Thursday, October 28, 2010

For Happiness, Sitting in Church Beats Shopping at the Mall

A new study suggests that a decline in religious participation, and an increase in shopping opportunities, could be making us miserable.

By Emily Main,
Can money buy happiness? No, and neither can spending money, suggest researchers from Ben-Gurion University in Israel. Their as-yet-unpublished study took a look at consumer shopping habits over the last three decades and compared it to participation in religious activities, and found that, among women, money makes us much less happy than going to church.
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The Details: The authors used data collected by the University of Chicago's National Opinion Research Council. The Council conducts a "General Social Survey" annually or biannually, and collects information from a sample of adults over 18 on their happiness levels. Looking specifically at adults who lived in states where "blue laws" (laws prohibiting commercial activity on Sundays) had been repealed between 1973 and 1998, they compared the happiness levels of adults with reported church attendance over that 25-year period. (Because Christians are most likely to attend church on Sundays, while Jews and Muslims normally attend religious services on Fridays or Saturdays, the researchers looked specifically at Christians for this study.)

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Women, but not men, seemed to experience a steep decline in both church attendance and their happiness levels over the course of the 25-year post-blue law period. The data showed that blue law repeals decreased the likelihood of people reporting that they were "pretty happy" to "not happy" by at least 17 percent. But the authors also noted that people whose religious participation didn't change after blue laws were repealed reported no drop in happiness levels. Using other data collected from the survey, the researchers ruled out the possibility that the declines could be related to women's increased participation in the workforce or to family issues.

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What It Means: We could all stand to take a "day of rest" from commercialism to get some perspective on what makes us truly happy, whether we consider ourselves religious or not. For those who attend them, religious services provide fellowship and often give people a greater sense of meaning to life, says Danny Cohen-Zada, PhD, assistant professor in the department of economics at Ben-Gurion University and lead author of the study. And he adds that although his study looked only at people who identified themselves as Christian, the relationship between religion and happiness would likely hold true for women of other faiths as well.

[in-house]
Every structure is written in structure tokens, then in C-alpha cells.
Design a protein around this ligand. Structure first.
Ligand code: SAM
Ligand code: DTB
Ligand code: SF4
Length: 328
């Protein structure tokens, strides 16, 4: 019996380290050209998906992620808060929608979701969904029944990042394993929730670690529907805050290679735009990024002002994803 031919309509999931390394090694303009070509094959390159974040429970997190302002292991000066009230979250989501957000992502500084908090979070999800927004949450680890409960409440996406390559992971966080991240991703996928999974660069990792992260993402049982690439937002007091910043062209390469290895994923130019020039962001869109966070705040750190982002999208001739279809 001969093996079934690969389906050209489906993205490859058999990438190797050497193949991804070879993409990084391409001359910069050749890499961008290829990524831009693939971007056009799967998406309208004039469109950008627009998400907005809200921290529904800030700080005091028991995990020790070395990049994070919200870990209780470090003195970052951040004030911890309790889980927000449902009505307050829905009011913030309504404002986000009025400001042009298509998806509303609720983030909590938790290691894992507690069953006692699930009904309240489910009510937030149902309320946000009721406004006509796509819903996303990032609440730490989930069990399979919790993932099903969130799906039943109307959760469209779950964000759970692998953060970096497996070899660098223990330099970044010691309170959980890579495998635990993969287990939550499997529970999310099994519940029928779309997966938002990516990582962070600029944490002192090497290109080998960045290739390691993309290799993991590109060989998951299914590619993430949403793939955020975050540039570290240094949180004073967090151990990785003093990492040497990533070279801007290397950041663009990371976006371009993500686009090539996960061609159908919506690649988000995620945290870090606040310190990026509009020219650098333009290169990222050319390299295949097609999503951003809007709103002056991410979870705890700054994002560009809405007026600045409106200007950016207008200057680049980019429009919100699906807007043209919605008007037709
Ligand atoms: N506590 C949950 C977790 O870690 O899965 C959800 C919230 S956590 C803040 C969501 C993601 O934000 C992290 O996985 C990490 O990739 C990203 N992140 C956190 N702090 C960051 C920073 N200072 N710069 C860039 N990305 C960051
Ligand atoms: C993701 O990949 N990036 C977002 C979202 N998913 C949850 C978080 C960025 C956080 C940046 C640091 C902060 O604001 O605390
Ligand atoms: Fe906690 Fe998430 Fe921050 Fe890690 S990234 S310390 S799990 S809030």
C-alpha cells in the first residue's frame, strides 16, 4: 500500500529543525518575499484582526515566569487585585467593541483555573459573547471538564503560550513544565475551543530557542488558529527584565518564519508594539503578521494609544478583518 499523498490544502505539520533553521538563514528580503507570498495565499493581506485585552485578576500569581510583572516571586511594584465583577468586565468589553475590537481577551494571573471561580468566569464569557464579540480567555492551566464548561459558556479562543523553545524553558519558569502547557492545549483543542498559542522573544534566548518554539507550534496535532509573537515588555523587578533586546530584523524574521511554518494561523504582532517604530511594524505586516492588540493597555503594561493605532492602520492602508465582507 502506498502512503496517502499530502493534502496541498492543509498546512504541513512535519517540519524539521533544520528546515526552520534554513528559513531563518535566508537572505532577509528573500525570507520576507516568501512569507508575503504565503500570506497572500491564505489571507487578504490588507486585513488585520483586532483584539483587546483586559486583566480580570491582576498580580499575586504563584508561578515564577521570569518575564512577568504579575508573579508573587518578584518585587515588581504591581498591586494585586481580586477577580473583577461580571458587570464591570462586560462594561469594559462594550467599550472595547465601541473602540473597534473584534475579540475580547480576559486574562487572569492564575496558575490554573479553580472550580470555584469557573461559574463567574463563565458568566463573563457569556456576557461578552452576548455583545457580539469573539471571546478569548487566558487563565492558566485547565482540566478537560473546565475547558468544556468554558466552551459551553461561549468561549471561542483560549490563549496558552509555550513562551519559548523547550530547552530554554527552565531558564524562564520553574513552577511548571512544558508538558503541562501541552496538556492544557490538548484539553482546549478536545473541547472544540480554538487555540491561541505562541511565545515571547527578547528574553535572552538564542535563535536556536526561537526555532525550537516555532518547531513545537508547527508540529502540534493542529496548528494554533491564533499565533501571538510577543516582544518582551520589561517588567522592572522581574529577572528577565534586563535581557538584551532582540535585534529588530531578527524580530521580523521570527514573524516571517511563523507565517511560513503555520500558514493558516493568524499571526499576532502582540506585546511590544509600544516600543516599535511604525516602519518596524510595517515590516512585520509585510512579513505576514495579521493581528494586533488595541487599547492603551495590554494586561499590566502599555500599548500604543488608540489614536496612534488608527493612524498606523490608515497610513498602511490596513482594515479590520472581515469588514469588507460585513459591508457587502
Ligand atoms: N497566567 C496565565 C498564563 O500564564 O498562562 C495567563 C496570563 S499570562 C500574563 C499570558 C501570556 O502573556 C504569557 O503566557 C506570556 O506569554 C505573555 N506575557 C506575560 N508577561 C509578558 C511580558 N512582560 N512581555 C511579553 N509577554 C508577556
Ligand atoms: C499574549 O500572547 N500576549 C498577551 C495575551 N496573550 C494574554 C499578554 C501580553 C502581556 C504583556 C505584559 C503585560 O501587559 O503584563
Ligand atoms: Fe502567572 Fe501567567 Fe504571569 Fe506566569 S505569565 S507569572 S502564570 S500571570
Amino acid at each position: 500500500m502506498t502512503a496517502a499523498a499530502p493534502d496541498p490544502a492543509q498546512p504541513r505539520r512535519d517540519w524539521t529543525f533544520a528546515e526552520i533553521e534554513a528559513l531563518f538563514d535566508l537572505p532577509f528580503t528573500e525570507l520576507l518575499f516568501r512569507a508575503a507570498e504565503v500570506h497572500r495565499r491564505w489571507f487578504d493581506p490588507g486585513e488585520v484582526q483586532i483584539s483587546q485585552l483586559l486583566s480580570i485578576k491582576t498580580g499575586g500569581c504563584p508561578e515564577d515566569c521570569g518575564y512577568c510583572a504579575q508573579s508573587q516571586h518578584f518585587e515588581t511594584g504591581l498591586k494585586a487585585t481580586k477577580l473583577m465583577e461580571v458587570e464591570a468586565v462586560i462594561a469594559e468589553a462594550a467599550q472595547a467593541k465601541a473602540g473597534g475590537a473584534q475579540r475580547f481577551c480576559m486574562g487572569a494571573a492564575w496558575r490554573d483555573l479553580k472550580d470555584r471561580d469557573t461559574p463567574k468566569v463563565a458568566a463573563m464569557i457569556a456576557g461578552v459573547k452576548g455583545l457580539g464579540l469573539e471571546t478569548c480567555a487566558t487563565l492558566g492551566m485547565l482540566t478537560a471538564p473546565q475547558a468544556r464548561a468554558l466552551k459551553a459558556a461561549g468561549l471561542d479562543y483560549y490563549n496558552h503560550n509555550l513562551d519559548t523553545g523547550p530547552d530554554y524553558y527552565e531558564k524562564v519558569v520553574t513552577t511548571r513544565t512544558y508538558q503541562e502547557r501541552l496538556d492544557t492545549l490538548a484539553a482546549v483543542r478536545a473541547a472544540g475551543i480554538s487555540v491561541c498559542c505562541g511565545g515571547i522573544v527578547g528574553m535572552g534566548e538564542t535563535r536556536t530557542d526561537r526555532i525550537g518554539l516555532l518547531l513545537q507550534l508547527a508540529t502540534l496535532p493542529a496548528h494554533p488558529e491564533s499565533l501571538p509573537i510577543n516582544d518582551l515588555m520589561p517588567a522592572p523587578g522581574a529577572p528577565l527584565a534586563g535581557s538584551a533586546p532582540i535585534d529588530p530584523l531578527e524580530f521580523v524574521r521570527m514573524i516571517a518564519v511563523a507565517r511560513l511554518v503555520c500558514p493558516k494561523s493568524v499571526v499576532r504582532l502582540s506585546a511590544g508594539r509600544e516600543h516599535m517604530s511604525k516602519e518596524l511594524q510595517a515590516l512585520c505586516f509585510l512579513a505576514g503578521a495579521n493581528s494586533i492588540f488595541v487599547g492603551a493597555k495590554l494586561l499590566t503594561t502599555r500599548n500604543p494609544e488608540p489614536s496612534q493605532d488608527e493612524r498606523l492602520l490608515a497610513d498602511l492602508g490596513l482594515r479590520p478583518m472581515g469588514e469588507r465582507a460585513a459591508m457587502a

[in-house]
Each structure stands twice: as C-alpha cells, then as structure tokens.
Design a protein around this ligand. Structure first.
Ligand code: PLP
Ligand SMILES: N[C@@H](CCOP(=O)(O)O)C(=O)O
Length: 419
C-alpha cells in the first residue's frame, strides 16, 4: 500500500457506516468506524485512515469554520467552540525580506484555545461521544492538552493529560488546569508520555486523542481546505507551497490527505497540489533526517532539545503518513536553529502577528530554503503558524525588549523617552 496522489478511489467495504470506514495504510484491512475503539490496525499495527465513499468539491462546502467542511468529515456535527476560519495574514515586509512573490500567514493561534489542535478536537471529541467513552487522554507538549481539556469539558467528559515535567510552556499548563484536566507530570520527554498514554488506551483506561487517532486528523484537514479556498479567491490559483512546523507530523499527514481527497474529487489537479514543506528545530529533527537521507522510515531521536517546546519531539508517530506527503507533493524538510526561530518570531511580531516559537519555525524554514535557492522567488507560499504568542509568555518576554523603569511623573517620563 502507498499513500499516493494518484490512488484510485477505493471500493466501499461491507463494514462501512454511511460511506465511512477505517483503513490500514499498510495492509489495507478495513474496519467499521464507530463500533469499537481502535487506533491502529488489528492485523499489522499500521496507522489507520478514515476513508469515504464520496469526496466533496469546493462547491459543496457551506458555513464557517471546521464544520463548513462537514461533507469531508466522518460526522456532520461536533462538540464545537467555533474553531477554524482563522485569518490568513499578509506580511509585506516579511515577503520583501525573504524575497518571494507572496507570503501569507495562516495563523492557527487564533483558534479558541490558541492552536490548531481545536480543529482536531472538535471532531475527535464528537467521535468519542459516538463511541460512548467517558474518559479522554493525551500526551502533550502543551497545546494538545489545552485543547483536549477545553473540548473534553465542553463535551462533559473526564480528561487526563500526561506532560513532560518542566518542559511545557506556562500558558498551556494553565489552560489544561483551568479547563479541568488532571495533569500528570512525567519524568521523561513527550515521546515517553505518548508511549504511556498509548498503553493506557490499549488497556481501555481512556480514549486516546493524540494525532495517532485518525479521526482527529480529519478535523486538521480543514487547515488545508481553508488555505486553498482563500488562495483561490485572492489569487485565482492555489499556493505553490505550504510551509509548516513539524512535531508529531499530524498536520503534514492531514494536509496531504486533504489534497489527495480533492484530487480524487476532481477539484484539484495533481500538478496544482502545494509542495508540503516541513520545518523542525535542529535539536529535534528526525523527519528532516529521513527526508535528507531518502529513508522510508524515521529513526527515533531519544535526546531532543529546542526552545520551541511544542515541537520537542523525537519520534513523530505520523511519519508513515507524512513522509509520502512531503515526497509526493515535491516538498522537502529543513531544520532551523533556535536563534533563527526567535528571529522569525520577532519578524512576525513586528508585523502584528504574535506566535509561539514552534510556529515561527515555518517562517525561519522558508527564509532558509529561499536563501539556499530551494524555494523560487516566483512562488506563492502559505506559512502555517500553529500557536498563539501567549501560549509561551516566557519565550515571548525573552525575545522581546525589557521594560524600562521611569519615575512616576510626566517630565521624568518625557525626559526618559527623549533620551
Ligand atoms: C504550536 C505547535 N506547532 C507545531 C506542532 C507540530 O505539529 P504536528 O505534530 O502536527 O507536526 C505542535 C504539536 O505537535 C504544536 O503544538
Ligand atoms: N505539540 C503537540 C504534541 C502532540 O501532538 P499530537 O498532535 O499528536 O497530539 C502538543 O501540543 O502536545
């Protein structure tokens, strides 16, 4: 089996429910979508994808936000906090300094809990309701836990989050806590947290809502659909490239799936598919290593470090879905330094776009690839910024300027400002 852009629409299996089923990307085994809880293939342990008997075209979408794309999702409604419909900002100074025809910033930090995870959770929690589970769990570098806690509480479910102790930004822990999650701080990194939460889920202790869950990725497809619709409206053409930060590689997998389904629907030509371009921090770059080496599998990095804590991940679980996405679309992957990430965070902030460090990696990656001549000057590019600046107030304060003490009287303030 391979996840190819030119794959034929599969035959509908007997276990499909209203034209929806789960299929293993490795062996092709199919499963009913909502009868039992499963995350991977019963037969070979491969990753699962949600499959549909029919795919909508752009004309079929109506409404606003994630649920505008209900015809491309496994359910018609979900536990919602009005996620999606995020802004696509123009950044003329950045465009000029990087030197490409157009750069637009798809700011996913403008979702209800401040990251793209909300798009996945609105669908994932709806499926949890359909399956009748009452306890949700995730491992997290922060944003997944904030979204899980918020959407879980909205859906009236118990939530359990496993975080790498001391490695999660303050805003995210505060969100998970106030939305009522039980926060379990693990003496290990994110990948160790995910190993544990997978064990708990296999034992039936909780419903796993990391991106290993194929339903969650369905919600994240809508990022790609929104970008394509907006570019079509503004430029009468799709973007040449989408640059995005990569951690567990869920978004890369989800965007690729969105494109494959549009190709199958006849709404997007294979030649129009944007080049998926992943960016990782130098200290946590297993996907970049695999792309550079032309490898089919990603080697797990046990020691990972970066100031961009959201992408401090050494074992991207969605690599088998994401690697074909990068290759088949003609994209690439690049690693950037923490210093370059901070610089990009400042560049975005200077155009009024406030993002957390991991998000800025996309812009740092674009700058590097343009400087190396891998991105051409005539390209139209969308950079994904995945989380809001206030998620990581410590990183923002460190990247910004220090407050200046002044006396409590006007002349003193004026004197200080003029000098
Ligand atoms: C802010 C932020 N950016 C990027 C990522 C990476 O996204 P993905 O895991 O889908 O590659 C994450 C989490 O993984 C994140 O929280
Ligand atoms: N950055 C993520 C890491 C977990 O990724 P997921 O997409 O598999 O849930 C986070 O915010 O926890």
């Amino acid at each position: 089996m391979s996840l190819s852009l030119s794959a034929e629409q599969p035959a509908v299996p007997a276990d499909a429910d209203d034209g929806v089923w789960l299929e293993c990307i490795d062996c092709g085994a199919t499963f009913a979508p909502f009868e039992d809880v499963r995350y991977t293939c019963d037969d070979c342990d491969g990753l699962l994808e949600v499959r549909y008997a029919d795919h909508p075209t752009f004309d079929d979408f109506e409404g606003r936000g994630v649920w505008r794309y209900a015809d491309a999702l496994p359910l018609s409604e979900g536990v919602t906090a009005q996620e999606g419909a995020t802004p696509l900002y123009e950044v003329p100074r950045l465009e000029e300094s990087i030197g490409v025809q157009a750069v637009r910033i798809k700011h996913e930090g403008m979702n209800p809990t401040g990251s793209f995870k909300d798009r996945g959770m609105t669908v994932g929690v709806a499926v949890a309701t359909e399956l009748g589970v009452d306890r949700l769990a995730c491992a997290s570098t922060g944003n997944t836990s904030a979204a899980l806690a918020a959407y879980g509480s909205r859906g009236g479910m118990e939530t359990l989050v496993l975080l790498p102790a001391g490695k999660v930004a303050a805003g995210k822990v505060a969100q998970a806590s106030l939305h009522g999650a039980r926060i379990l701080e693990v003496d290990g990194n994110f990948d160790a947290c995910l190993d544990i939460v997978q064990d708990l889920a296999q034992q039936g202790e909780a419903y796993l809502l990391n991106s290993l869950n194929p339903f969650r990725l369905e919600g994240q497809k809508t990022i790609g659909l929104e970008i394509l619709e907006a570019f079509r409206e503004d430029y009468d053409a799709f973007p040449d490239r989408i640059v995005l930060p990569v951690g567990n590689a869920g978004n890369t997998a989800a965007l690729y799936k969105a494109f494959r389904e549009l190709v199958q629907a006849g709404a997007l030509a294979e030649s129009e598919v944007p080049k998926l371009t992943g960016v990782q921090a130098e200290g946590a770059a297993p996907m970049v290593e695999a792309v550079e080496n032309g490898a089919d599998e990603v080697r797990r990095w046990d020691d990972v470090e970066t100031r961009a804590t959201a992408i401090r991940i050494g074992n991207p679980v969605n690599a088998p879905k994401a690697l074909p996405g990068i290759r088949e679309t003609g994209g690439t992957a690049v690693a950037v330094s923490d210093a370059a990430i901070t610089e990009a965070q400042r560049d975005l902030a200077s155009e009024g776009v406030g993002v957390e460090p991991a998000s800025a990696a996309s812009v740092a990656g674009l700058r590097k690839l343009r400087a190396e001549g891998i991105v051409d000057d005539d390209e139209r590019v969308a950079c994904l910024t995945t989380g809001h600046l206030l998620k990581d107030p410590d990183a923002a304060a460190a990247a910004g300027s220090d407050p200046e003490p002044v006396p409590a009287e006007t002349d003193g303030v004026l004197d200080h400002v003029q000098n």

But if attending services makes people happier, why don't people go more regularly, or go back if they've stopped going? Cohen-Zada has a few theories, he says, foremost among them is simply that shopping provides more immediate gratification. "Since immediate satisfaction from shopping is higher than from religious participation, they choose shopping even if they know that in the long run they would be less happy," he says. "In addition to this, the addictive nature of shopping helps them to choose the immediate lower satisfaction over the long-run higher satisfaction." In the long run, he says, "People derive greater satisfaction from religious participation than from shopping. Our work contributes to the idea that money is overrated, and other factors, including religion, tend to be underrated."

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Here are a few ways to avoid falling into the trap of turning to shopping as a way to derive some immediate gratification and a false sense of happiness:

1. Institute your own "blue laws."

Whether you choose Sunday or some other day of the week that better fits with your schedule, designate one day of every week as a no shopping day. (And yes, that includes shopping online.) Instead, use that day to spend more time with family or to find some other activity you find fulfilling. A study published earlier this year even suggests that it could make you more attractive in other people's eyes: The study found that people who are considered more experiential, meaning they spend money on experiences rather than things, are more attractive than materialistic people.

2. Find religion, whether you're religious or not.

In his study, Cohen-Zada found that for each point increase in church-service attendance, self-reported happiness increased by 10.7 percent. Even those who don't consider themselves religious can tap into that happiness factor through prayer or meditation, says advisor Jeffrey Rossman, PhD. He suggests sharing your feelings with a higher power—even if that means "the universe" or a wise, caring part of yourself. Doing so allows you to open up to something greater than yourself, and eases the feeling that you need to bear every burden on your own.

3. Take a walk.

We've all been known to indulge in "retail therapy" when we're feeling unhappy. But as this study suggests, buying things, or even engaging in the simple act of shopping, doesn't provide us with long-term happiness. The next time you're tempted to hit the mall to relieve stress, imagine yourself late in life looking back on what you buy, and you'll probably realize that stuff will provide you with very short-lived satisfaction. Instead, call a friend to chat, head to your house of worship, or simply go for a walk. Multiple studies have shown that time in nature makes us happier, anyway.

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